Rice Jones | Mr. Simple Manufacturer
GRE 320, GPA 3.95
McCombs School of Business | Ms. Registered Nurse Entrepreneur
GMAT 630, GPA 3.59
Chicago Booth | Mr. Corporate Development
GMAT 740, GPA 3.2
Tepper | Ms. Coding Tech Leader
GMAT 680, GPA 2.9
Stanford GSB | Mr. Impactful Consultant
GMAT 730, GPA 3.7
Kellogg | Mr. Hopeful Engineer
GMAT 720, GPA 7.95/10 (College follows relative grading; Avg. estimate around 7-7.3)
Wharton | Mr. Rates Trader
GMAT 750, GPA 7.6/10
Stanford GSB | Mr. Former SEC Athlete
GMAT 620, GPA 3.8
Tuck | Mr. Army To MBB
GMAT 740, GPA 2.97
Columbia | Mr. Forbes 30 Under 30
GMAT 730, GPA 3.4
Stanford GSB | Mr. MBB Advanced Analytics
GMAT 750, GPA 3.1
Chicago Booth | Mr. Banker To CPG Leader
GMAT 760, GPA 7.36/10
Ross | Mr. Leading-Edge Family Business
GMAT 740, GPA 2.89
Darden | Mr. Logistics Guy
GRE Not taken Yet, GPA 3.1
Chicago Booth | Mr. Desi Boy
GMAT 740, GPA 3.0
Kellogg | Mr. Stylist & Actor
GMAT 760 , GPA 9.5
Columbia | Mr. Ambitious Chemical Salesman
GMAT 720, GPA 3.3
Harvard | Mr. Irish Biotech Entrepreneur
GMAT 730, GPA 3.2
Stanford GSB | Mr. Cricketer Turned Engineer
GMAT 770, GPA 7.15/10
Wharton | Mr. Planes And Laws
GRE 328, GPA 3.8
McCombs School of Business | Mr. Refrad
GMAT 700, GPA 3.94
Harvard | Mr. Supply Chain Photographer
GMAT 700, GPA 3.3
Chicago Booth | Mr. Space Launch
GMAT 710, GPA 3.0
Kellogg | Ms. Product Strategist
GMAT 700, GPA 7.3/10
Columbia | Mr. MBB Consultant
GRE 339, GPA 8.28
Berkeley Haas | Mr. Avocado Farmer
GMAT 750, GPA 3.08
Georgetown McDonough | Mr. International Development Consultant
GMAT N/A, GPA 2.9

Applying To Business School? Don’t Forget To Network

importance of networking while applying to business school

MBA applicants are often surprised by the unwritten rules surrounding MBA admissions, including the importance of building personal connections when you are applying to business school. Here are some tips that will help you network correctly:

  • Understand Why Networking Matters.

Networking is an important tool for MBA applicants.  Done correctly, conversations with current students, alums and administrators can really enhance your candidacy. As a former Tuck Admissions Officer, North Star Admissions founder, Karen Marks,  can absolutely tell you that the admissions committee considers personal interactions with applicants – both good and bad.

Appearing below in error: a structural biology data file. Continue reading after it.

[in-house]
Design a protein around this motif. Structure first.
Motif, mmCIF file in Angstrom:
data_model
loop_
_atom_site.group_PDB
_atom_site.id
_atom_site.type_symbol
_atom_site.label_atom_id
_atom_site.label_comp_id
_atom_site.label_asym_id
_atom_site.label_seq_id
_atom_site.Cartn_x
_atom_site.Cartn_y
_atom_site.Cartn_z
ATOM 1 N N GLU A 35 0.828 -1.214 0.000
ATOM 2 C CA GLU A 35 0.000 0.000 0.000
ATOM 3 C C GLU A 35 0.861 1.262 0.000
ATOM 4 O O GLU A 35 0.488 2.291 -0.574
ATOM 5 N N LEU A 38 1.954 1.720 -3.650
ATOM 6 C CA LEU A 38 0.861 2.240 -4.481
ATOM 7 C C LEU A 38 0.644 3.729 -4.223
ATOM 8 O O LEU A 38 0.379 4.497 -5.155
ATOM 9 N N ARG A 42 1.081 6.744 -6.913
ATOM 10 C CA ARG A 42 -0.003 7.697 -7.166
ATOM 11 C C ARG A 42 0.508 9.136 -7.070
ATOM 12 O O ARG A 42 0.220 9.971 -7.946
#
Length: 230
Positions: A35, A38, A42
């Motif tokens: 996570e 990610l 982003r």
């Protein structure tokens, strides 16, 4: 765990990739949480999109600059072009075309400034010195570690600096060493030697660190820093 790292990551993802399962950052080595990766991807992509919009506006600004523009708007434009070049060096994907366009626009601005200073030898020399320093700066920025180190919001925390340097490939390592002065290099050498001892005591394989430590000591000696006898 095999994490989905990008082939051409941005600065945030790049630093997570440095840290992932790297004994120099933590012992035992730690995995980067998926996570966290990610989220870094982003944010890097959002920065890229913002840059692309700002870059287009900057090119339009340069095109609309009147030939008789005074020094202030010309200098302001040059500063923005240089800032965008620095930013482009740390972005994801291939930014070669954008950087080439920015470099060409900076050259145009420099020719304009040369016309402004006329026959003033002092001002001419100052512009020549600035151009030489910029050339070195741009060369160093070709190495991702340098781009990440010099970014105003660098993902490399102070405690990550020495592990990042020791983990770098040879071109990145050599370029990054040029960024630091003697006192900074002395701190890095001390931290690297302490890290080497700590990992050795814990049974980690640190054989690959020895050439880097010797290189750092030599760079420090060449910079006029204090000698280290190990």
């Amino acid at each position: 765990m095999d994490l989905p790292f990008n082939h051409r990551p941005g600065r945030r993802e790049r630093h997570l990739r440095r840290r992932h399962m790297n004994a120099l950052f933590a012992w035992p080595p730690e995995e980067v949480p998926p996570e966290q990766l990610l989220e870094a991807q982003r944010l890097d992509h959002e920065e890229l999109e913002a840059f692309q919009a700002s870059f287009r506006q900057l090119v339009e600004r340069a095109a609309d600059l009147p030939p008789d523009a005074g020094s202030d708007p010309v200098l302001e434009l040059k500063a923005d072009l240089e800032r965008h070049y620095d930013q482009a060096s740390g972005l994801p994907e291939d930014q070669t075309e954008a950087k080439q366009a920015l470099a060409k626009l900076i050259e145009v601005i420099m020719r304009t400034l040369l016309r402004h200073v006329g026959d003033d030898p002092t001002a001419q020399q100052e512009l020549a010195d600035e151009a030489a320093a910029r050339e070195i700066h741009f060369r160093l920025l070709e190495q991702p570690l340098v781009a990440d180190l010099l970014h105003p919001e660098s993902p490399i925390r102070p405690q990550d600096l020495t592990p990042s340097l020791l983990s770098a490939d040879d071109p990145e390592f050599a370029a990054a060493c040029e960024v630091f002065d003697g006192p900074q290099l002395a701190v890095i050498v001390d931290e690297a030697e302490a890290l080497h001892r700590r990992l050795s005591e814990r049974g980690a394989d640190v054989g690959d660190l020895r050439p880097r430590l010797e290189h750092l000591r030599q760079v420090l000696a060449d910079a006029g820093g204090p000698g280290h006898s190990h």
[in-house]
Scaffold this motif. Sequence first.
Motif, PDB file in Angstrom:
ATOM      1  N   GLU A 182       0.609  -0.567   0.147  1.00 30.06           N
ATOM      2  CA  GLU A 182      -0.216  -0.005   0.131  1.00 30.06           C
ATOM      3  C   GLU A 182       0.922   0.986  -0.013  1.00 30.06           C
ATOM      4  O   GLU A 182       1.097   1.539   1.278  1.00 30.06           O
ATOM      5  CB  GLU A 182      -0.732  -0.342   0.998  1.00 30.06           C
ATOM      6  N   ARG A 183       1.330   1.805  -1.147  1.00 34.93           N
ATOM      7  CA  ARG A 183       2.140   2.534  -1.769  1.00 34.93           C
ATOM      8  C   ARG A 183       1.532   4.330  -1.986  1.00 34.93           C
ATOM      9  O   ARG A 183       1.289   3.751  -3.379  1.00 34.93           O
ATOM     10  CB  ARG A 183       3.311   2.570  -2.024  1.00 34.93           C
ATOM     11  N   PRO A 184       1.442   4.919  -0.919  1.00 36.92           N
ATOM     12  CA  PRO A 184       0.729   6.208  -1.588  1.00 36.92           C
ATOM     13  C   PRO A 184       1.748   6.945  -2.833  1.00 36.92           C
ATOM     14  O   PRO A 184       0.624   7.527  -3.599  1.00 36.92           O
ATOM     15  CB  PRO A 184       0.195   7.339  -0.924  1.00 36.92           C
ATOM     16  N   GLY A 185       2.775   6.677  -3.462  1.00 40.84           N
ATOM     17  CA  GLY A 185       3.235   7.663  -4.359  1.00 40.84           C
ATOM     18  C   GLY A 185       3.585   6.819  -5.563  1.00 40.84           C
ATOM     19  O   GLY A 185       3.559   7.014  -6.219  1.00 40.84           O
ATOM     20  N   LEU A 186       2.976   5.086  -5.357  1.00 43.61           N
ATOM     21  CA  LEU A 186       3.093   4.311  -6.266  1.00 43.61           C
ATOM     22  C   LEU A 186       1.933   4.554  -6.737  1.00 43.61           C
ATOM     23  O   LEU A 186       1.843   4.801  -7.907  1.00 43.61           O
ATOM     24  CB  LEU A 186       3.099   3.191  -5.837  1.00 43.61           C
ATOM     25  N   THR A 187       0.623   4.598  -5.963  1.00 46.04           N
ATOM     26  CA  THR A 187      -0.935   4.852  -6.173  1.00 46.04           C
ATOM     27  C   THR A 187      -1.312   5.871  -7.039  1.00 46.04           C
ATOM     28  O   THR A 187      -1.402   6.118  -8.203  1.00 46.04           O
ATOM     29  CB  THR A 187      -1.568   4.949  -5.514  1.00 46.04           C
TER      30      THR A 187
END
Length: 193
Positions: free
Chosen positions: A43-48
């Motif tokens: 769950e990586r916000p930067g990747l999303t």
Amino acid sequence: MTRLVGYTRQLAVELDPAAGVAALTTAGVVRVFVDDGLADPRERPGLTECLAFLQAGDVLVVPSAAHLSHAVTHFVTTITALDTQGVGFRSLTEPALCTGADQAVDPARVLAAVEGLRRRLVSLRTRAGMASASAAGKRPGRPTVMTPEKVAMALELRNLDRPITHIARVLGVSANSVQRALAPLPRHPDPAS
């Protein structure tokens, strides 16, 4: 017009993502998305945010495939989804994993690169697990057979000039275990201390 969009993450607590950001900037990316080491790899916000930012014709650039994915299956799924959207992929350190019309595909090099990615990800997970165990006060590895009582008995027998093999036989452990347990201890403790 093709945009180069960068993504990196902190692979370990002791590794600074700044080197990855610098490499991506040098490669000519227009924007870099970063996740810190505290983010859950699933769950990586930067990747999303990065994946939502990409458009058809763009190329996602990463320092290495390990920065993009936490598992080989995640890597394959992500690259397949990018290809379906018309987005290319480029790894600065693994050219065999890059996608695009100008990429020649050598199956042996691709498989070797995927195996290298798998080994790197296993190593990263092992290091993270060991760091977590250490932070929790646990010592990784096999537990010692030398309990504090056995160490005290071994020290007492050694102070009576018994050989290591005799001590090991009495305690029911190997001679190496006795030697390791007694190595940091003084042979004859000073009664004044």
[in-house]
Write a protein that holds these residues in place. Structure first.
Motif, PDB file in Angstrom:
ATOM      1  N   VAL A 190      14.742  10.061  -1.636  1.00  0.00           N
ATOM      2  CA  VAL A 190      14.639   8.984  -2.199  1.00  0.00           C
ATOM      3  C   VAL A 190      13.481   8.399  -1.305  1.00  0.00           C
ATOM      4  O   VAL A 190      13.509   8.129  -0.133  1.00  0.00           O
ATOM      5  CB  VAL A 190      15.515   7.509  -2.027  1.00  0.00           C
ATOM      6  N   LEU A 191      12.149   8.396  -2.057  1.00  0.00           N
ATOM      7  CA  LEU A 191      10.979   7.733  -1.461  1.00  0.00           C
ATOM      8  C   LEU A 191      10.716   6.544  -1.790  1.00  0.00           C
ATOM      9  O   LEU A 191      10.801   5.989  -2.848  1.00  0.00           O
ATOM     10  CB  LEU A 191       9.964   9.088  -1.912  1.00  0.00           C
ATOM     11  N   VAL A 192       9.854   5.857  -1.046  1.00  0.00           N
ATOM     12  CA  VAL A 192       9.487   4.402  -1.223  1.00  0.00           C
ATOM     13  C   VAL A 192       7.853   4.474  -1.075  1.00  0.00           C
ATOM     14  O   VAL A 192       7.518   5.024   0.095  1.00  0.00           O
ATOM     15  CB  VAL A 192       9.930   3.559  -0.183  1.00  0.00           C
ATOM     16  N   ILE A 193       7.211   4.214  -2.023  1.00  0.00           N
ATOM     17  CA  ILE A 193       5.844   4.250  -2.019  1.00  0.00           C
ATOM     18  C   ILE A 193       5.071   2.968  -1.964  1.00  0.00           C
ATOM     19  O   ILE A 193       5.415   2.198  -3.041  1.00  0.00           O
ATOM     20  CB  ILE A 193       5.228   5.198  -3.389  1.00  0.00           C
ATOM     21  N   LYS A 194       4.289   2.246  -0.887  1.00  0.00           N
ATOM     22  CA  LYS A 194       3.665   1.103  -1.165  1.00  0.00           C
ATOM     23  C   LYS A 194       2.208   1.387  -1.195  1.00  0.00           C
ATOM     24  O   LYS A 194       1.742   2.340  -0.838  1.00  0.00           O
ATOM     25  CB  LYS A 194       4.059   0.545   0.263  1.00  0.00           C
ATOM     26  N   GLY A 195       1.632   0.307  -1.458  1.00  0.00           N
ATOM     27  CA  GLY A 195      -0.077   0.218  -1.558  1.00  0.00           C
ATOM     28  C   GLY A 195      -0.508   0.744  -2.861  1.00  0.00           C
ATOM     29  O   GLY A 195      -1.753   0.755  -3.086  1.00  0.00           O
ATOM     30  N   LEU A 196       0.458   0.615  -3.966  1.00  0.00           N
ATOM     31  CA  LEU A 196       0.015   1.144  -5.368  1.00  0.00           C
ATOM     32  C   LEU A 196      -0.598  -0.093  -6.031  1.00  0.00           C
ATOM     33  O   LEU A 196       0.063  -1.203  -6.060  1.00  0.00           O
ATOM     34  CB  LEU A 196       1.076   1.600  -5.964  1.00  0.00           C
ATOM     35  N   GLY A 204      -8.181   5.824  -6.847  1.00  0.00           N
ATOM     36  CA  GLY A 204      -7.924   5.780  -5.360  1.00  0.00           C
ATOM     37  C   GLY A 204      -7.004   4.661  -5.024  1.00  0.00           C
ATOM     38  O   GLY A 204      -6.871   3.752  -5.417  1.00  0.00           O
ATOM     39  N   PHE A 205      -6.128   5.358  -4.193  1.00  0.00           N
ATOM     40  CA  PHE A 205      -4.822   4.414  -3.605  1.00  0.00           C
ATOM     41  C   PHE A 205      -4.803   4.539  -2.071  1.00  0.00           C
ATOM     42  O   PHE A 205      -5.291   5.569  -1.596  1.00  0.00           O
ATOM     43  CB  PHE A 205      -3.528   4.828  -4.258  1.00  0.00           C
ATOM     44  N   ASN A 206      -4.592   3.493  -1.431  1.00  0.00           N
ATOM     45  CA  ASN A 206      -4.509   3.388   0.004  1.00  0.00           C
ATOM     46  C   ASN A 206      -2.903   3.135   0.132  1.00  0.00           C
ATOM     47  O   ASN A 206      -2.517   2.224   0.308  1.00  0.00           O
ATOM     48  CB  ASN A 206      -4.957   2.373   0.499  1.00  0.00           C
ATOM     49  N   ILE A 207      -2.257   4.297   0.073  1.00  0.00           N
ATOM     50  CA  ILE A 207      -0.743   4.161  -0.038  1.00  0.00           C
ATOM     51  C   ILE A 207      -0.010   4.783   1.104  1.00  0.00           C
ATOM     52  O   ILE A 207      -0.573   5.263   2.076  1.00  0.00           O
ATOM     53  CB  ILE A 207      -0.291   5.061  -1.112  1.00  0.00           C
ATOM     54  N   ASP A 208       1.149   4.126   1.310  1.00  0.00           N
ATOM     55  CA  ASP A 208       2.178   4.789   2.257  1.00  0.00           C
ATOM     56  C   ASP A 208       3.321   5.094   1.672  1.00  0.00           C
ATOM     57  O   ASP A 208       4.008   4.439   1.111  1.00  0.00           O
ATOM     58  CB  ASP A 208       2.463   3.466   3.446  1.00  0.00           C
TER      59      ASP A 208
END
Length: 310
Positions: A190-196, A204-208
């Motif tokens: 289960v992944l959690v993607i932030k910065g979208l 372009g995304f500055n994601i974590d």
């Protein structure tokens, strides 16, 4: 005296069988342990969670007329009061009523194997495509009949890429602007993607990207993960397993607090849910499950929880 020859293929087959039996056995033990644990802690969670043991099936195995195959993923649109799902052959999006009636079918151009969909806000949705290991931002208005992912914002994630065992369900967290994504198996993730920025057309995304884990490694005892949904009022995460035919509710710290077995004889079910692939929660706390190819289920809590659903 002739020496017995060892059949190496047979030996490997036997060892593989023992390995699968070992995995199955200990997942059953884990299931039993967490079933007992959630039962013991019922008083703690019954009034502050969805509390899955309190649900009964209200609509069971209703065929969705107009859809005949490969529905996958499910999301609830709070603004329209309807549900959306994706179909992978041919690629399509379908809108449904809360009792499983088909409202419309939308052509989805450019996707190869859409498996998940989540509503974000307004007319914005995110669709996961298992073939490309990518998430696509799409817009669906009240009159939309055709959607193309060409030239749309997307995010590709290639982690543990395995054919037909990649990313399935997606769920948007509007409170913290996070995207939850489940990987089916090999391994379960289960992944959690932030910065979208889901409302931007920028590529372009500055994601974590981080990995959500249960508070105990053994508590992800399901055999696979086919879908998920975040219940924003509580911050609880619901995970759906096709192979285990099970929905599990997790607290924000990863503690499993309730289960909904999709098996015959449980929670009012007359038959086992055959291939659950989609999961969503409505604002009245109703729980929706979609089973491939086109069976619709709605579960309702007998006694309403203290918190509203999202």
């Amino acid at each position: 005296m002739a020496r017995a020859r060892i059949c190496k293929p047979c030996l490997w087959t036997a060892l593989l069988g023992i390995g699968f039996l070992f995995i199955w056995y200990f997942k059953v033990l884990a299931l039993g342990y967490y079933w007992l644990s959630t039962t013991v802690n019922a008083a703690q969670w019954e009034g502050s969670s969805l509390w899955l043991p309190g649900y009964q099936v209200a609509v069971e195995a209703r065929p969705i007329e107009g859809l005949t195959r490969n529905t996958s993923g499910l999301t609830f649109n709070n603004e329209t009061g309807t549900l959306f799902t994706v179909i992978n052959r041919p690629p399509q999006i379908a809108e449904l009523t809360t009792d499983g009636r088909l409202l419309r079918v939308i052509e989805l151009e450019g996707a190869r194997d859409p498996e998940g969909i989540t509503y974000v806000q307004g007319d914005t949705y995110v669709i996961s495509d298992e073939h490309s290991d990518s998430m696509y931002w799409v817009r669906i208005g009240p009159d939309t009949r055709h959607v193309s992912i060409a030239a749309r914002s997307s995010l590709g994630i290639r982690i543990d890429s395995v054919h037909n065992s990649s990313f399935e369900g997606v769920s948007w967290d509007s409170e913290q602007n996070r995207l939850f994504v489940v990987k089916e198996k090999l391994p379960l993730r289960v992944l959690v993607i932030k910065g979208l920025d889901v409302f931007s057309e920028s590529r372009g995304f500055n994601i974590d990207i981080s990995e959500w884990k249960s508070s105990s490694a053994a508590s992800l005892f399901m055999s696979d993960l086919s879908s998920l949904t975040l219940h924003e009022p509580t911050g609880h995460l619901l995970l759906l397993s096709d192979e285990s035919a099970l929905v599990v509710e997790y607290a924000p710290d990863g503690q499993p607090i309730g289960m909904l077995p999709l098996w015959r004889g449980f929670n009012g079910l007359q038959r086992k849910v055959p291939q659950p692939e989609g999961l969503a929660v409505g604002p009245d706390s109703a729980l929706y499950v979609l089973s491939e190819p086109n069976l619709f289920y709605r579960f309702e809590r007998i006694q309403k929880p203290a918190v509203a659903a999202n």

• Reach Out.

Don’t feel like you need to know people who have gone to your target schools in order to network. It’s really easy to reach out to community members through the schools themselves – many have formal programs that will connect you with people to talk to, and most schools publish the names and contact information of club and affinity group leaders, who expect to hear from prospective students. Don’t be shy, utilize these great resources.

  • Go to Events.

Sign up for information about coffee chats, receptions, and on campus events. Go to as many as you can, and take advantage of the opportunity to build organic relationships, learn more about the school and demonstrate interest.

  • Be Polite.

This might seem obvious, but being polite doesn’t come naturally to everyone. If you are negative, pushy or grossly uninformed it can actually backfire. Also, don’t overstep boundaries – This includes not asking people who you just met to edit your essays or recommend you.

  • Don’t Forget Your Fellow Applicants.

Other candidates can be a wealth of information. Pool your information about applications, logistics, and school cultures. It makes the process more enjoyable, you are likely to learn useful things and also to meet these people again. The business school world is pretty small.

  • Follow Up.

Be sure to thank people who help you. Again, the MBA world is pretty small, and you never know who might end up being on the hiring committee for your summer internship – or a fellow alumni.

 


 Karen has more than 12 years of experience evaluating candidates for admission to Dartmouth College and to the Tuck School of Business at Dartmouth. Since founding North Star Admissions Consulting in 2012, she has helped applicants gain admission to the nation’s top schools, including Stanford, Harvard, Yale, Wharton, MIT, Tuck, Columbia, Kellogg, Booth, Haas, Duke, Johnson, Ross, NYU, UNC, UCLA, Georgetown and more. Over the last three years, clients have been awarded more than 14.6 million dollars in scholarships, and more than 95% have gotten into one of their top choice schools.

MORE FROM KAREN: Should You Take The GMAT Or GRE?Why you should visit business schools before you applyMBA Application Mistakes